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How can governments effectively assess and manage climate risk to ensure a sustainable future?

Client: Department of Treasury (Western Australia)

Advice on the development and implementation of a Climate Risk Framework for Western Australia

Like many jurisdictions around the world, Western Australia is experiencing the impacts of climate change, including more frequent and severe droughts, heatwaves, high-risk bushfire weather, extreme rainfall events and rising sea levels.

As part of responding to this challenge, the WA Government has committed to introducing a Climate Risk Framework (CRF) to guide state agencies on the assessment, management and disclosure of climate risk. The CRF is intended to strengthen government consideration of climate change and enable reporting on the implications for the state’s finances, physical assets and service delivery.[1]

In 2022, Sapere was engaged to provide advice on the design and implementation of the CRF including potential options for a staged, tiered or scalable approach, transitioning from agency to state level risk assessment and climate risk disclosure requirements. Our engagement followed the release of an interim WA Government Climate Change Risk Management Guide which provides practical guidance for state agencies to assess and manage physical climate change risks.[2] Our work also coincided with the development of IFRS S1 General Requirements for Disclosure of Sustainability-related Financial Information and IFRS S2 Climate-related Disclosures, which seek to support internationally consistent disclosures of climate risk.[3]

To inform our advice, we adopted a first-principles approach that involved:

  • undertaking comparative research and analysis of the climate risk frameworks (legislation, guidelines and governance arrangements) used by the governments of Australia, NSW, Victoria, Queensland, New Zealand and the United Kingdom.  We also examined the resources of international, Australian and New Zealand standard setting bodies, and regulators such as the Australian Prudential Regulation Authority (APRA) and Australian Securities and Insurance Commission (ASIC).
  • consultation with Treasury officials in NSW, Victoria, Queensland and WA governments, as well as stakeholders in key WA Government agencies, including water and power utility providers.  In addition, we attended public meetings of the International Sustainability Standards Board (ISSB) and the Australian Accounting Standards Board (AASB) to incorporate evolving developments in sustainability reporting.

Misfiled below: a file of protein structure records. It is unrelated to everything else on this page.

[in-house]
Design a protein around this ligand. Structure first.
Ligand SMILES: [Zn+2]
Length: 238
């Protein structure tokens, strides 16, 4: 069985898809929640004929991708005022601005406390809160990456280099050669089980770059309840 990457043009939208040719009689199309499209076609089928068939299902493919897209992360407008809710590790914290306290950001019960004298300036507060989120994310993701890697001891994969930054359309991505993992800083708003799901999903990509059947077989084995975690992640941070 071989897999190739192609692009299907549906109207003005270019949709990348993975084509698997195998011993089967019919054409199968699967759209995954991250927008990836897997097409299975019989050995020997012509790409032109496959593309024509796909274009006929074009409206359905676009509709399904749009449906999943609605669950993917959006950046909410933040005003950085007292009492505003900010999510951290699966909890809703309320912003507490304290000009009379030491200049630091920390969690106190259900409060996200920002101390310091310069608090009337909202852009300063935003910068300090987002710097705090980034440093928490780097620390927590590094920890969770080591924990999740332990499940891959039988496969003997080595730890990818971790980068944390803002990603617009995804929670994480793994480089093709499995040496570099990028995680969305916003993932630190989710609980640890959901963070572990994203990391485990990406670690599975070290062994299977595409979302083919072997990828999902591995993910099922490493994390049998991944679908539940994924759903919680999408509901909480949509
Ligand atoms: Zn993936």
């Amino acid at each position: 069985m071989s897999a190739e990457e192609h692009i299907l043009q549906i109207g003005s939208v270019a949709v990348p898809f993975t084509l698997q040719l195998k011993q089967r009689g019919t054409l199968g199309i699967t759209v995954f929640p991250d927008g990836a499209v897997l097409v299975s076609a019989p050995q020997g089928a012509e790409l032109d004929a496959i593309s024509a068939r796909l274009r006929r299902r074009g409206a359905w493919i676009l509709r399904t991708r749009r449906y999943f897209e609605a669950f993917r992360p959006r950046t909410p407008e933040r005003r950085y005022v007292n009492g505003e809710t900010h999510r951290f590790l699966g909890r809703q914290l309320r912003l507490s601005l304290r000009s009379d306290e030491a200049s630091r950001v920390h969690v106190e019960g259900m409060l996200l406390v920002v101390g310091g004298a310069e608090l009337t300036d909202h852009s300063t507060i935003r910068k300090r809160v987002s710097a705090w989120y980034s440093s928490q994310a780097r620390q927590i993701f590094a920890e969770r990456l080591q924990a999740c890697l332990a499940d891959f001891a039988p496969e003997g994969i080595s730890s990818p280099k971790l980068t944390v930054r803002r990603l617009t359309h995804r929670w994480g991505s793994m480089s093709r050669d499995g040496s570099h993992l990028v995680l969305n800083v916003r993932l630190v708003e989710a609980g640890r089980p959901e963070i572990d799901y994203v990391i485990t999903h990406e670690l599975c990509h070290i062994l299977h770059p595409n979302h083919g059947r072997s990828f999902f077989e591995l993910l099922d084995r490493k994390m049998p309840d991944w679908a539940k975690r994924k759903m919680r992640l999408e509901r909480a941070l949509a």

We worked closely with the WA Department of Treasury and in consultation with the WA Department of Water and Environmental Regulation to prepare an evidence-based final report with 11 detailed recommendations clarifying the:

  • proposed objectives, key principles and expected benefits of the CRF.
  • practical steps for implementing the CRF including proposed approaches for:
    • integrating the CRF into existing risk management and financial monitoring and reporting arrangements, including the government’s budget, actuals and ESG reporting.
    • the development and improvement of guidance materials and resources, including the interim Climate Change Risk Management Guide, to build agency capabilities in the identification, assessment, mitigation and management of climate change risks.
    • the staged introduction of publicly reported climate disclosures, in alignment with emerging developments in the international and Australian sustainability reporting standards and the national policy landscape.
    • cross-government governance and oversight arrangements.

The CRF is expected to be implemented by 2026 and a pilot program is currently underway:

Progress continues on development of the Western Australian Government’s Climate Risk Framework, to develop State agencies’ capacity to assess, manage and report on the implications of climate change on the State’s finances, infrastructure, physical assets and service delivery.

A two year pilot program to evolve and apply the Framework will commence on 1 July 2023 with participation from eight agencies with material climate risk exposures. Learnings from the pilot will be used to develop public disclosure at a whole-of-government level.[4]

Photo courtesy of Tom Rodgers


[1] Government of Western Australia (2023) Climate Adaptation Strategy

[2] Government of Western Australia (2021) Climate Change Risk Management Guide (interim)

[3] IFRS Foundation (2023) IFRS Sustainability Standards

[4] Government of Western Australia (2023) Supporting Continuous Improvement in ESG Outcomes for Western Australia, Update June 2023

Our team included

  • Dr Vijaya Ramamurthy
  • John Wallace
  • Toby Stevenson

Authors who contributed to this article

Dr Vijaya Ramamurthy